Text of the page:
Branches dipped in ice decorate this heavily treed rural property like a winter wonderland Christmas card. Tall, crystalized weeds shine like thousands of sequins on a New Year’s Eve dress. Like dancing lace, crystals reflect the dim gray light.

Sheets of ice transform my deck into a skating rink, and there are thunderous cracks as overloaded branches fall to the ground, wreaking havoc, destroying dozens of trees, and turning my yard into a war zone of fallen wooden soldiers. This freak winter ice storm will soon pass, but weeks will be needed to remove the splintered wood and thousands of downed branches.

Frozen in Time

Sometimes we, like the branches, become frozen in time, the crystals of stability and success holding us back. Then suddenly, the crack, as the weight breaks off our branches, leaving us exposed and broken.

Nature is a beautiful thing.

Stability and predictability are cozy, comfortable, and easy, but there is deep value in being broken, though we fear the unknown.

Never in our prayers for needs to be met, for life to be stable and easy, do we think about what comes next.

Rarely do we pray for discomfort, conflict, pain, or change. Yet these are the jewels of a rich life.

“Count it all joy, my brothers, when you meet trials of various kinds, for you know that the testing of your faith produces steadfastness.” (James 1:2)

The unbearable pain of a breakup, though it may feel unending, often leads to the true love of your life.

The failure of a job or a business forces a sudden left turn, taking us down a better road.

Change is usually forced upon us. Rarely do we initiate it, break what isn’t broken, or give up on something that’s producing income.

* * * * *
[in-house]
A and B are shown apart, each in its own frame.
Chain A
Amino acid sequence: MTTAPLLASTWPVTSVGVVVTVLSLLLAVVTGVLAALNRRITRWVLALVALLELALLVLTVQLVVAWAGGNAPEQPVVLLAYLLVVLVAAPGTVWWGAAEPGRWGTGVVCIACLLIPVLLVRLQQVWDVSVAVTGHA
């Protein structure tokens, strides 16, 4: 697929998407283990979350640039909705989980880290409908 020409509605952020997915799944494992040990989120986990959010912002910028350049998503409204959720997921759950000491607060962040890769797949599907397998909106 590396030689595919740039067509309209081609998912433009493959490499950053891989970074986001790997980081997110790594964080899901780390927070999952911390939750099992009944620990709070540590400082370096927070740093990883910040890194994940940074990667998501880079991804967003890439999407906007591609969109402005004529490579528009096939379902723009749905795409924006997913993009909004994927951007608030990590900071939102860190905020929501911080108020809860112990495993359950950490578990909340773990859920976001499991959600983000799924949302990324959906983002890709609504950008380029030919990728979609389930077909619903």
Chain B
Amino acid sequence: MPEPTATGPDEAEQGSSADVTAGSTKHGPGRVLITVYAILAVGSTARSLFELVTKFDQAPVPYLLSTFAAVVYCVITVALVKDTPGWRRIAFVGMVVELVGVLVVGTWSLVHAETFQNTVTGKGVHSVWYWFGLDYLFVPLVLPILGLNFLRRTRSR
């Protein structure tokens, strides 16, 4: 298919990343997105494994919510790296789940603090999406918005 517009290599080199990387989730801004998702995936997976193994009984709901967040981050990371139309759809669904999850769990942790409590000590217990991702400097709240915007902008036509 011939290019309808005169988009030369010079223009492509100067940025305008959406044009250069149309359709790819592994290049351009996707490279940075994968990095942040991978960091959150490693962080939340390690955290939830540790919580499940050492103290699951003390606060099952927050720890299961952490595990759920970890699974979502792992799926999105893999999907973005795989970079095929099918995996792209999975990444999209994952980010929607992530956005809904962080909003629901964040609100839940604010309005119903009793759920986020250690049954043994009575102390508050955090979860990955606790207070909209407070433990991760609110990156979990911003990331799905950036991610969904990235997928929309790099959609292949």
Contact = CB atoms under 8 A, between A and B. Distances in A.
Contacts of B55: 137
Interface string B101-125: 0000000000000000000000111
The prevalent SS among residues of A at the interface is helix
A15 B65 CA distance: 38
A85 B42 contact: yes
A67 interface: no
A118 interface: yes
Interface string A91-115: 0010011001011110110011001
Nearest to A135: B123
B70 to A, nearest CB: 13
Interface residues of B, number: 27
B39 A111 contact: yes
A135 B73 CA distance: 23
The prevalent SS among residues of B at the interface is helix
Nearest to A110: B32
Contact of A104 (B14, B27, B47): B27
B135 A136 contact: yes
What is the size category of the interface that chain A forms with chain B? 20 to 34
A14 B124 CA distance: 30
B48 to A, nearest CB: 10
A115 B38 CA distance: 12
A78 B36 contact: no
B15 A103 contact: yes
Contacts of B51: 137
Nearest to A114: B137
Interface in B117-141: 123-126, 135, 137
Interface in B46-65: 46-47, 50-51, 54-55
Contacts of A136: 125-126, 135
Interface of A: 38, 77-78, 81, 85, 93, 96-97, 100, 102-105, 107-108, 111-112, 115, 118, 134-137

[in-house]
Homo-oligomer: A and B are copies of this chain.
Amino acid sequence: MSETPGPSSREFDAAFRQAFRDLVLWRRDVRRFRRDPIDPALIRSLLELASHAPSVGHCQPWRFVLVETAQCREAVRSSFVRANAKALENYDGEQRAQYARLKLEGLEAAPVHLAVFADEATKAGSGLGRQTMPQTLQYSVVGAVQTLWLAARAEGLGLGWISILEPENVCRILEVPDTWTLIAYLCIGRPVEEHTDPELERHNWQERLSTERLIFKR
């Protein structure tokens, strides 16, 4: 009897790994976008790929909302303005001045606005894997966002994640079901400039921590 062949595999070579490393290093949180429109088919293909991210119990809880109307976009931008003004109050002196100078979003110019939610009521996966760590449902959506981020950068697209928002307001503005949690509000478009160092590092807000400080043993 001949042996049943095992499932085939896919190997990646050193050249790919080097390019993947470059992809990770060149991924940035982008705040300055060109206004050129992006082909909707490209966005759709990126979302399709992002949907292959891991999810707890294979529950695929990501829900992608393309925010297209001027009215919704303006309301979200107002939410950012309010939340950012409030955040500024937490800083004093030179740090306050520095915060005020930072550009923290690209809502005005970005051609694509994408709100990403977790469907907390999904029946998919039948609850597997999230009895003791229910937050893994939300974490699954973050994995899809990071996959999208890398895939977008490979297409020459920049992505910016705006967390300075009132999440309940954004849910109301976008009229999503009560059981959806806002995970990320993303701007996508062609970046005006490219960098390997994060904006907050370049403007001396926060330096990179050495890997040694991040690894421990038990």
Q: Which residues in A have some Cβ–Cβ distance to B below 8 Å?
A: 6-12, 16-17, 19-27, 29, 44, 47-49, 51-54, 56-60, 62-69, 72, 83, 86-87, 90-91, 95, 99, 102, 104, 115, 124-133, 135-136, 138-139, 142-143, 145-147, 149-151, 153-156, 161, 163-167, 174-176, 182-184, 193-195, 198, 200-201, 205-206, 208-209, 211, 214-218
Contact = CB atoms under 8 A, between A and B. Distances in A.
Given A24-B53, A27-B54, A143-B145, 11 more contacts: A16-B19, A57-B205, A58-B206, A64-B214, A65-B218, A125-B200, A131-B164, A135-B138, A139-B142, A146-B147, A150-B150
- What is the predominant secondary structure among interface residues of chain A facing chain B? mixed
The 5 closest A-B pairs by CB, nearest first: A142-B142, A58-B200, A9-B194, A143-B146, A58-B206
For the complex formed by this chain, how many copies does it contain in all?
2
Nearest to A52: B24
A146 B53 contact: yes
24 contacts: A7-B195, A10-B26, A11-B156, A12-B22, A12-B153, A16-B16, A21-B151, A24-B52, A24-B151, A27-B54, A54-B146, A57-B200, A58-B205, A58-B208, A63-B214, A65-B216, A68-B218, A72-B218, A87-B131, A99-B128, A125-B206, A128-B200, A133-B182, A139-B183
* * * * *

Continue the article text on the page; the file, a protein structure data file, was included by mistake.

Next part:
But boredom is the mother of reinvention.

Disappearing Act

A friend, a successful surgeon, tells me he once loved his job, but after decades of repeating the same routine daily, he wants to drop out and become a full-time artist. But he believes it’s irresponsible to give up his healthy income for something less secure and still unproven.

Then one of three things happens … his time runs out, and his dreams are never realized.

His job suddenly ends, and he is forced to make a decision.

Or he breaks what’s broken and reinvents, and possibly ends up happier.

Bold Moves

Another friend, also a surgeon, said, “Enough. I’m going for it.” Not clinging to his degrees, his time invested, and his massive income, he said, “I’m not guaranteed to make it to retirement. I’m doing it now.”

It took guts, but I’ve never seen anyone happier or more fulfilled. My other friend whines about being trapped, but it’s self-imprisonment.

Breaking What’s Not Broken

My friend John, a radio station owner in my hometown, had the number one-rated station in town. But his gut said changes were needed, so he changed format and became bigger than before with the change. Had he been wrong, he would have destroyed his income.

Another friend hasn’t changed a thing in two decades but wonders why things are not as good as they used to be.

The bumpy road, where you cannot see over the next hill, versus the well-paved highway. Which is for you?

Stability and security has its perks, as does venturing into the unknown. There is no right or wrong, no good or bad. Safety is a good choice, but those who skydive say they never felt so alive.